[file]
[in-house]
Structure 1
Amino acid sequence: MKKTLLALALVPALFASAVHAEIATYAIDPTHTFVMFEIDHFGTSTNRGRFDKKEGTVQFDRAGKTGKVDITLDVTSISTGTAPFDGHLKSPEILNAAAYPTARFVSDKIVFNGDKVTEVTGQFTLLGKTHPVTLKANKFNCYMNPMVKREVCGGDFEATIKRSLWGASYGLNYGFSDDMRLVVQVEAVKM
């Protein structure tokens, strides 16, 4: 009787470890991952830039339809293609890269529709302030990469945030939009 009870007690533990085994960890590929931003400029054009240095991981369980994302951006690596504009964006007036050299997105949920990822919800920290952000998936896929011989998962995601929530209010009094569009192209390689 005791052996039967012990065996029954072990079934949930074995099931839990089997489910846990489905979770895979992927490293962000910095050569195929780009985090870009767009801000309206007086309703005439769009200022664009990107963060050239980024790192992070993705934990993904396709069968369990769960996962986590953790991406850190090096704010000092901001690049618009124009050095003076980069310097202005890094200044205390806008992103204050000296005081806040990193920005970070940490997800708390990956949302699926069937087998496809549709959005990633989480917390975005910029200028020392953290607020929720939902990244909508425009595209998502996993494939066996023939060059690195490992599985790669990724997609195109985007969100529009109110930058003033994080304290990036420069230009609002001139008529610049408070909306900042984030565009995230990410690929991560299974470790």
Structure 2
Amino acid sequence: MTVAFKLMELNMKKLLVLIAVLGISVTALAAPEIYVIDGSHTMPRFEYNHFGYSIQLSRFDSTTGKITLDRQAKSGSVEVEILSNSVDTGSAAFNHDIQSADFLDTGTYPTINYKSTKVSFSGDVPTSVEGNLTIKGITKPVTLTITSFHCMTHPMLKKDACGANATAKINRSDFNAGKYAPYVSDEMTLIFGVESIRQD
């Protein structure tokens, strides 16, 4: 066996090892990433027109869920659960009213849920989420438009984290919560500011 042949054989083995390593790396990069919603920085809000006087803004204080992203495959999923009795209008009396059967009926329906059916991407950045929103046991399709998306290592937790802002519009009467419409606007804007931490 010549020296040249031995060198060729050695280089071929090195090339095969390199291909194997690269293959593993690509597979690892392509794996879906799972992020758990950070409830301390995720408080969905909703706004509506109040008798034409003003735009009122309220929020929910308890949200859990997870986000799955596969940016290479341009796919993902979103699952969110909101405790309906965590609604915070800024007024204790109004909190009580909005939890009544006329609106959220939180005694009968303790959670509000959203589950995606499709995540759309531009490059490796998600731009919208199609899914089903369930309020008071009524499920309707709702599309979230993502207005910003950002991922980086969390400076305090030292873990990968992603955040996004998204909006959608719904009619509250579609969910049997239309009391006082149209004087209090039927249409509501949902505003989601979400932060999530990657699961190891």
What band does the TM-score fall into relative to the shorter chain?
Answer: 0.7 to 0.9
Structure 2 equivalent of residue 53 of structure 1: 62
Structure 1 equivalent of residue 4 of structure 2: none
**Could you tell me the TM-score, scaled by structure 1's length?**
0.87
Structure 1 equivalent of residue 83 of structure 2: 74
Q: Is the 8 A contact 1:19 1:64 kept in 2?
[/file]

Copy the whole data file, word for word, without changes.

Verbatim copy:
[in-house]
Structure 1
Amino acid sequence: MKKTLLALALVPALFASAVHAEIATYAIDPTHTFVMFEIDHFGTSTNRGRFDKKEGTVQFDRAGKTGKVDITLDVTSISTGTAPFDGHLKSPEILNAAAYPTARFVSDKIVFNGDKVTEVTGQFTLLGKTHPVTLKANKFNCYMNPMVKREVCGGDFEATIKRSLWGASYGLNYGFSDDMRLVVQVEAVKM
């Protein structure tokens, strides 16, 4: 009787470890991952830039339809293609890269529709302030990469945030939009 009870007690533990085994960890590929931003400029054009240095991981369980994302951006690596504009964006007036050299997105949920990822919800920290952000998936896929011989998962995601929530209010009094569009192209390689 005791052996039967012990065996029954072990079934949930074995099931839990089997489910846990489905979770895979992927490293962000910095050569195929780009985090870009767009801000309206007086309703005439769009200022664009990107963060050239980024790192992070993705934990993904396709069968369990769960996962986590953790991406850190090096704010000092901001690049618009124009050095003076980069310097202005890094200044205390806008992103204050000296005081806040990193920005970070940490997800708390990956949302699926069937087998496809549709959005990633989480917390975005910029200028020392953290607020929720939902990244909508425009595209998502996993494939066996023939060059690195490992599985790669990724997609195109985007969100529009109110930058003033994080304290990036420069230009609002001139008529610049408070909306900042984030565009995230990410690929991560299974470790």
Structure 2
Amino acid sequence: MTVAFKLMELNMKKLLVLIAVLGISVTALAAPEIYVIDGSHTMPRFEYNHFGYSIQLSRFDSTTGKITLDRQAKSGSVEVEILSNSVDTGSAAFNHDIQSADFLDTGTYPTINYKSTKVSFSGDVPTSVEGNLTIKGITKPVTLTITSFHCMTHPMLKKDACGANATAKINRSDFNAGKYAPYVSDEMTLIFGVESIRQD
């Protein structure tokens, strides 16, 4: 066996090892990433027109869920659960009213849920989420438009984290919560500011 042949054989083995390593790396990069919603920085809000006087803004204080992203495959999923009795209008009396059967009926329906059916991407950045929103046991399709998306290592937790802002519009009467419409606007804007931490 010549020296040249031995060198060729050695280089071929090195090339095969390199291909194997690269293959593993690509597979690892392509794996879906799972992020758990950070409830301390995720408080969905909703706004509506109040008798034409003003735009009122309220929020929910308890949200859990997870986000799955596969940016290479341009796919993902979103699952969110909101405790309906965590609604915070800024007024204790109004909190009580909005939890009544006329609106959220939180005694009968303790959670509000959203589950995606499709995540759309531009490059490796998600731009919208199609899914089903369930309020008071009524499920309707709702599309979230993502207005910003950002991922980086969390400076305090030292873990990968992603955040996004998204909006959608719904009619509250579609969910049997239309009391006082149209004087209090039927249409509501949902505003989601979400932060999530990657699961190891």
What band does the TM-score fall into relative to the shorter chain?
Answer: 0.7 to 0.9
Structure 2 equivalent of residue 53 of structure 1: 62
Structure 1 equivalent of residue 4 of structure 2: none
**Could you tell me the TM-score, scaled by structure 1's length?**
0.87
Structure 1 equivalent of residue 83 of structure 2: 74
Q: Is the 8 A contact 1:19 1:64 kept in 2?